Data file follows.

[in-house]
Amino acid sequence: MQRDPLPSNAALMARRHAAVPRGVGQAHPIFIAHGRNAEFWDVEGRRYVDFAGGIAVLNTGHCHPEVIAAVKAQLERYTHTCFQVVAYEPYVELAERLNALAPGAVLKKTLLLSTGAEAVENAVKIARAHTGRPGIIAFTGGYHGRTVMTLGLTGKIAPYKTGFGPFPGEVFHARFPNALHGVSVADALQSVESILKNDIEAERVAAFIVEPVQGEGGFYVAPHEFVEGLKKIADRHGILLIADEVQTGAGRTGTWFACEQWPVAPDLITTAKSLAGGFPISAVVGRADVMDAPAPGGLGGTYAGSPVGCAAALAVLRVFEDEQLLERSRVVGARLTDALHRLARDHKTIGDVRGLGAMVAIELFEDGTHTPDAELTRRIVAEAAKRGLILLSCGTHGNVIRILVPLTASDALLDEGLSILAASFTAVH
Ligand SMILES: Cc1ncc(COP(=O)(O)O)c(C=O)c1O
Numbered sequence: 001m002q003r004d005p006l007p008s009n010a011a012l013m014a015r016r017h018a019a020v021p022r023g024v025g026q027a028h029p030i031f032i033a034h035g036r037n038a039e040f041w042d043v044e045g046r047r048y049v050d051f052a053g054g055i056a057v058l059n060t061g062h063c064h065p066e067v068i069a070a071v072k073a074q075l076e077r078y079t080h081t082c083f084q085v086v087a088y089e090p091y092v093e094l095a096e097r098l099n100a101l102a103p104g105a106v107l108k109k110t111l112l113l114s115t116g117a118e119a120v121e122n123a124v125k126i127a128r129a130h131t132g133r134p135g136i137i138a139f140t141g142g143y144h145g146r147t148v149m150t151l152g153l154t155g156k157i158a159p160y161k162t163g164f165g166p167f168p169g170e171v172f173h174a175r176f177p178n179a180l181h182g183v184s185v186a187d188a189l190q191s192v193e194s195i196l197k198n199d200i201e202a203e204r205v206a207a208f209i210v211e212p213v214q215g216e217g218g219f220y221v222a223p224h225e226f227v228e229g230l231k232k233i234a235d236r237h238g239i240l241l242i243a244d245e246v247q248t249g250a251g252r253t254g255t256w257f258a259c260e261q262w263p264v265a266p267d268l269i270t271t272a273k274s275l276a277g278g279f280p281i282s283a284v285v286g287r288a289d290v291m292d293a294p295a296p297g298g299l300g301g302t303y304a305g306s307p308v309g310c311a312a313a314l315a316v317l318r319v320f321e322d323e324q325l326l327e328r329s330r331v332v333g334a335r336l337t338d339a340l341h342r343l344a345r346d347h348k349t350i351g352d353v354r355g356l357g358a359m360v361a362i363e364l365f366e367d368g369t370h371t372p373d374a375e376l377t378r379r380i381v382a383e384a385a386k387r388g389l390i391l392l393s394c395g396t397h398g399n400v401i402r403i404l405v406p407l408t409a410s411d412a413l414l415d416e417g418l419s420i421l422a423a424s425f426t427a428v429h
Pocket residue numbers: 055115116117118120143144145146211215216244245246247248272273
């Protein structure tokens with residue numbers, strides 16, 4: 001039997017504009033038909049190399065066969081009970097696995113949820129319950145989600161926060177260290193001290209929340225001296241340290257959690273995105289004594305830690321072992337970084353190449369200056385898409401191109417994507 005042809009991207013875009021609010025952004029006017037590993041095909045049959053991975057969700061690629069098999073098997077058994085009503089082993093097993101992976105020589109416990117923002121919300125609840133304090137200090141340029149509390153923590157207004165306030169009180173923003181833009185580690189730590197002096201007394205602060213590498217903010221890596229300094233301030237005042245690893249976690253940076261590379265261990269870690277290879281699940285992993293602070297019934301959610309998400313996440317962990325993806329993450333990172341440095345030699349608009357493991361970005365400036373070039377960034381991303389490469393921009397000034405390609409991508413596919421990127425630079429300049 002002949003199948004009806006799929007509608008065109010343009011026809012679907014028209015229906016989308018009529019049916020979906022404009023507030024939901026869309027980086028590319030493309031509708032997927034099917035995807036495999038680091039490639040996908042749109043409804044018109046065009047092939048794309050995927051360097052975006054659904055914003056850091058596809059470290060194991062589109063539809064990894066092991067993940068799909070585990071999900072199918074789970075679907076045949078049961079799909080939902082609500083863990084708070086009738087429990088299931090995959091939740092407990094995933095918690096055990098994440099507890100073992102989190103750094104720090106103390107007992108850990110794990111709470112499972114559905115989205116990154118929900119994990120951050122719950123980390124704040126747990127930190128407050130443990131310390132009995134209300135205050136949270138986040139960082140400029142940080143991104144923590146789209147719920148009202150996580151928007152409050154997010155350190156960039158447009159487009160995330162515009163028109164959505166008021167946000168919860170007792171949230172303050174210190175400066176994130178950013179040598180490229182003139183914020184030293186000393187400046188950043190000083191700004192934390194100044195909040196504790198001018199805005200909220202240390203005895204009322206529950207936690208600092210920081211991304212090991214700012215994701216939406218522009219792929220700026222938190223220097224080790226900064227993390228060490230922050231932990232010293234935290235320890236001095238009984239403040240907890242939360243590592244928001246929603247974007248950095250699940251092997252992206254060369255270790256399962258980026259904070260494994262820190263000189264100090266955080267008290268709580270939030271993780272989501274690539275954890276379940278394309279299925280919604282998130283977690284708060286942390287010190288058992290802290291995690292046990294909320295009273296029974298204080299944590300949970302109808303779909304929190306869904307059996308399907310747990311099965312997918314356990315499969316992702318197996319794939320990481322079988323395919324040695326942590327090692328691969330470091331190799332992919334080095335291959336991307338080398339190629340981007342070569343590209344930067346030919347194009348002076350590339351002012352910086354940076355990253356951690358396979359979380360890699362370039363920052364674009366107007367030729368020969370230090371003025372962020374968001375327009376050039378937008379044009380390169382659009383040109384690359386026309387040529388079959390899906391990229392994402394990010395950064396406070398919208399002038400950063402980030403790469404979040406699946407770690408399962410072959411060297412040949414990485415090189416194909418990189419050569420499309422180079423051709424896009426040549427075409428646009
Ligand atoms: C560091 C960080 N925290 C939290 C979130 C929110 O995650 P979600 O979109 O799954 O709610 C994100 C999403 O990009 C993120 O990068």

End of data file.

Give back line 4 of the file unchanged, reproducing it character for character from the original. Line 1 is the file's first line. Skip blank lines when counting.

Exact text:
Numbered sequence: 001m002q003r004d005p006l007p008s009n010a011a012l013m014a015r016r017h018a019a020v021p022r023g024v025g026q027a028h029p030i031f032i033a034h035g036r037n038a039e040f041w042d043v044e045g046r047r048y049v050d051f052a053g054g055i056a057v058l059n060t061g062h063c064h065p066e067v068i069a070a071v072k073a074q075l076e077r078y079t080h081t082c083f084q085v086v087a088y089e090p091y092v093e094l095a096e097r098l099n100a101l102a103p104g105a106v107l108k109k110t111l112l113l114s115t116g117a118e119a120v121e122n123a124v125k126i127a128r129a130h131t132g133r134p135g136i137i138a139f140t141g142g143y144h145g146r147t148v149m150t151l152g153l154t155g156k157i158a159p160y161k162t163g164f165g166p167f168p169g170e171v172f173h174a175r176f177p178n179a180l181h182g183v184s185v186a187d188a189l190q191s192v193e194s195i196l197k198n199d200i201e202a203e204r205v206a207a208f209i210v211e212p213v214q215g216e217g218g219f220y221v222a223p224h225e226f227v228e229g230l231k232k233i234a235d236r237h238g239i240l241l242i243a244d245e246v247q248t249g250a251g252r253t254g255t256w257f258a259c260e261q262w263p264v265a266p267d268l269i270t271t272a273k274s275l276a277g278g279f280p281i282s283a284v285v286g287r288a289d290v291m292d293a294p295a296p297g298g299l300g301g302t303y304a305g306s307p308v309g310c311a312a313a314l315a316v317l318r319v320f321e322d323e324q325l326l327e328r329s330r331v332v333g334a335r336l337t338d339a340l341h342r343l344a345r346d347h348k349t350i351g352d353v354r355g356l357g358a359m360v361a362i363e364l365f366e367d368g369t370h371t372p373d374a375e376l377t378r379r380i381v382a383e384a385a386k387r388g389l390i391l392l393s394c395g396t397h398g399n400v401i402r403i404l405v406p407l408t409a410s411d412a413l414l415d416e417g418l419s420i421l422a423a424s425f426t427a428v429h